According to an Ars Technica report, Germany’s justice minister Sabine Leutheusser-Schnarrenberger said on Monday that she favored even stronger European Union rules that would enhance data protection and that companies in the United States who don't abide by those standards should be barred from doing business in the European Market.
Leutheusser-Schnarrenberger told German newspaper Die Welt that Germany's laws on data protection should be the model for the entire 28-nation bloc of the European Union. In a seperate interview with the same newspaper on Monday, German High Court Justice Hans-Jürgen Papier defended the German government’s relationship with the American spy services, but noted that a state "can only be responsible for doing things that it has the legal power, and is able, to do."
Justice Papier also conceded that scope and scale of the NSA's spying operations revealed by former NSA contractor Edward Snowden was frightening.
"I did not expect that spying can take those dimensions," he said, adding that he supports creating a "comprehensive and effective data protection agreement" that would apply on a "worldwide" basis.
All of these public prognostications from officials come on the heels of public criticism for Germany's part in spying operations. Germany’s cooperation has come under renewed scrutiny over the last few days after it was revealed that the country's foreign intelligence service (BND) provided the NSA with "substantial amounts of meta data."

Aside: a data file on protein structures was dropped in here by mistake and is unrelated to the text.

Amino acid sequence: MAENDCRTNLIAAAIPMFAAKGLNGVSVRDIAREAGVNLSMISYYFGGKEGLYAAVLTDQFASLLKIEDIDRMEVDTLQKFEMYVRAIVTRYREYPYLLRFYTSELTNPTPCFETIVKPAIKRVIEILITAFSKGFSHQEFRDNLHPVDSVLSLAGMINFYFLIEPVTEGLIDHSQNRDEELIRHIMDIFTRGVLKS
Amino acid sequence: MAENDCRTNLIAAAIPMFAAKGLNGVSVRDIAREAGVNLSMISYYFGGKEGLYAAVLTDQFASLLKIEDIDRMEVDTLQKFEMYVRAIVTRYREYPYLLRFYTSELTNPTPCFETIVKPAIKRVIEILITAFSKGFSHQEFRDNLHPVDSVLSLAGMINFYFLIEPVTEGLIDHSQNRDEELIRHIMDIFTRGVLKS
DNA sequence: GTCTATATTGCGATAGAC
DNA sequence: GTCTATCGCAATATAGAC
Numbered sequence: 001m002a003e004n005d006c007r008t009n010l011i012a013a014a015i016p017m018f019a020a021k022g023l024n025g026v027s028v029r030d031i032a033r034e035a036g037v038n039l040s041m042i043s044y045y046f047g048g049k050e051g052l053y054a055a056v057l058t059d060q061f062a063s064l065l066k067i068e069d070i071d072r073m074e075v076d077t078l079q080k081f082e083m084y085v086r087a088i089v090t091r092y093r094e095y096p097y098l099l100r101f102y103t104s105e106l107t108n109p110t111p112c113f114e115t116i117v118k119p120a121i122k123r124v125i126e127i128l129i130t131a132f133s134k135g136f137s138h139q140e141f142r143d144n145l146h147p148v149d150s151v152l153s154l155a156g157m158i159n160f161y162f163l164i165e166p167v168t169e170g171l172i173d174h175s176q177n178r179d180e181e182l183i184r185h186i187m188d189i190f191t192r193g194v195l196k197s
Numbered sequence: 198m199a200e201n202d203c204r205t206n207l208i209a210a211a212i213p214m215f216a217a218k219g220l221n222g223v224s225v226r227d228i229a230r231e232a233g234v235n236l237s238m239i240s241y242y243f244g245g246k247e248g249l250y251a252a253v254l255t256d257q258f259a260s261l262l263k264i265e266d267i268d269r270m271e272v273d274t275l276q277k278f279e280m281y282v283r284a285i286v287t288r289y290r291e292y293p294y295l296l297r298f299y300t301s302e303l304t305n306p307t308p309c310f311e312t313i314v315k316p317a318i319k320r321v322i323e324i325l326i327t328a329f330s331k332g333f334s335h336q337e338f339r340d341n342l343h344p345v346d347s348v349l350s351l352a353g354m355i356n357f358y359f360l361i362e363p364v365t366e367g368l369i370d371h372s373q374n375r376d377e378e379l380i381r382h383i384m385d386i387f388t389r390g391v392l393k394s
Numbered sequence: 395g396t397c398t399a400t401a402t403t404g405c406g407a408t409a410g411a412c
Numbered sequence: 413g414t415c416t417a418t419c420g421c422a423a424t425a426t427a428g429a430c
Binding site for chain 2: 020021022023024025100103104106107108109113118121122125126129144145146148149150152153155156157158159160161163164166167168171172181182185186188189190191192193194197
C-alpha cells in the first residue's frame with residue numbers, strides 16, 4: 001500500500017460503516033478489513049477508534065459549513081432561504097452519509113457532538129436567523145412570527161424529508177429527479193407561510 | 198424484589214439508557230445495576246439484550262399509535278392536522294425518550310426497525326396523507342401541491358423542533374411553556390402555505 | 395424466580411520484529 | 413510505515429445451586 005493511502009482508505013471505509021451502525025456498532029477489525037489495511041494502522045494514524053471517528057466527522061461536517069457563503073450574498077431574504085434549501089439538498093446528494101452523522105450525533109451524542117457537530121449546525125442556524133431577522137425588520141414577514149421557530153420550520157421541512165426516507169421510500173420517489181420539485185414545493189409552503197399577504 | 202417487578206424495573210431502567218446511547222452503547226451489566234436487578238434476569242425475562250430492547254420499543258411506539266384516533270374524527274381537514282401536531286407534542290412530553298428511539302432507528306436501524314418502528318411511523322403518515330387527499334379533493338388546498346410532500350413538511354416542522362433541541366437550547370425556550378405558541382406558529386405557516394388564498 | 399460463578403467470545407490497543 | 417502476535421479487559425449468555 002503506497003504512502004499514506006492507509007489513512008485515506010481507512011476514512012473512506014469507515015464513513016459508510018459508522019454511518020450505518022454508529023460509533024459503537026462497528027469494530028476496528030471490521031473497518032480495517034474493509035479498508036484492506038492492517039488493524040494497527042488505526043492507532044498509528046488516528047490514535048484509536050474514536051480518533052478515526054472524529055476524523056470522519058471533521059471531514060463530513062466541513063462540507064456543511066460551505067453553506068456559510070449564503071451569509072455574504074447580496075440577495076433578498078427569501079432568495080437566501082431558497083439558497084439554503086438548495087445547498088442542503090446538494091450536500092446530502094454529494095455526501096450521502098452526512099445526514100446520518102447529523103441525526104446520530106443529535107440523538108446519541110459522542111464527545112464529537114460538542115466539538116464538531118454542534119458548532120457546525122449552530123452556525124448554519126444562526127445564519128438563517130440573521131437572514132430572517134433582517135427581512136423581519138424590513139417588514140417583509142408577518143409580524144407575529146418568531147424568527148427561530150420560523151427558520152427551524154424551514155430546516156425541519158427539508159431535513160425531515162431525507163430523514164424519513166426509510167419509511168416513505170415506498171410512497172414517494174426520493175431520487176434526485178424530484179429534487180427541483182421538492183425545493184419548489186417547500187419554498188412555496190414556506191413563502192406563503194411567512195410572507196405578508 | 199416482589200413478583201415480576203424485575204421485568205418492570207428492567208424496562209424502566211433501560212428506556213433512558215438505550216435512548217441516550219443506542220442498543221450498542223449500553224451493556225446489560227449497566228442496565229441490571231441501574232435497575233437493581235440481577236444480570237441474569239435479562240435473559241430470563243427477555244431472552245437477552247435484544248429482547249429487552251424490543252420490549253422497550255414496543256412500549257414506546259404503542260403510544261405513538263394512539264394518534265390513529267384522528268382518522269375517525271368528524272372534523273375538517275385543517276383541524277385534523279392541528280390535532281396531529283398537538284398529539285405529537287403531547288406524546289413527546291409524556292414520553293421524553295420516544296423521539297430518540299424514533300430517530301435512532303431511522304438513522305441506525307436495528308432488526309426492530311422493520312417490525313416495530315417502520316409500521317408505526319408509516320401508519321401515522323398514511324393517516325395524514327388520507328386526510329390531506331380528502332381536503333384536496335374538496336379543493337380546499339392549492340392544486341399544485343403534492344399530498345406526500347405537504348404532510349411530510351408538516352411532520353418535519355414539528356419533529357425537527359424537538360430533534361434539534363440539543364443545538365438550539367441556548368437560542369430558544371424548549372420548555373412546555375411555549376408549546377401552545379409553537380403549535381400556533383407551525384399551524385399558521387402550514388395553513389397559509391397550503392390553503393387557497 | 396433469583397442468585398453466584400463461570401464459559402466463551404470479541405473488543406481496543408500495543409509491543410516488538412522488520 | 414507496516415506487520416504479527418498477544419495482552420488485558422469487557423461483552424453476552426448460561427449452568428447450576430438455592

According to a report in Der Spiegel on Monday, the documents released by Snowden showed that "the BND passes on to the NSA massive amounts of connection data relating to the communications it had placed under surveillance. The so-called metadata—telephone numbers, email addresses, IP connections—then flow into the Americans' giant databases."
It will be interesting to see if Germany's strong medicine for U.S. companies is real, and if it is even possible to get every member country of the European Union to agree to broad and strict data protection laws. For now the rhetoric is welcomed by advocacy groups who think the NSA's surveillance programs are out of control...
Source: Ars Technica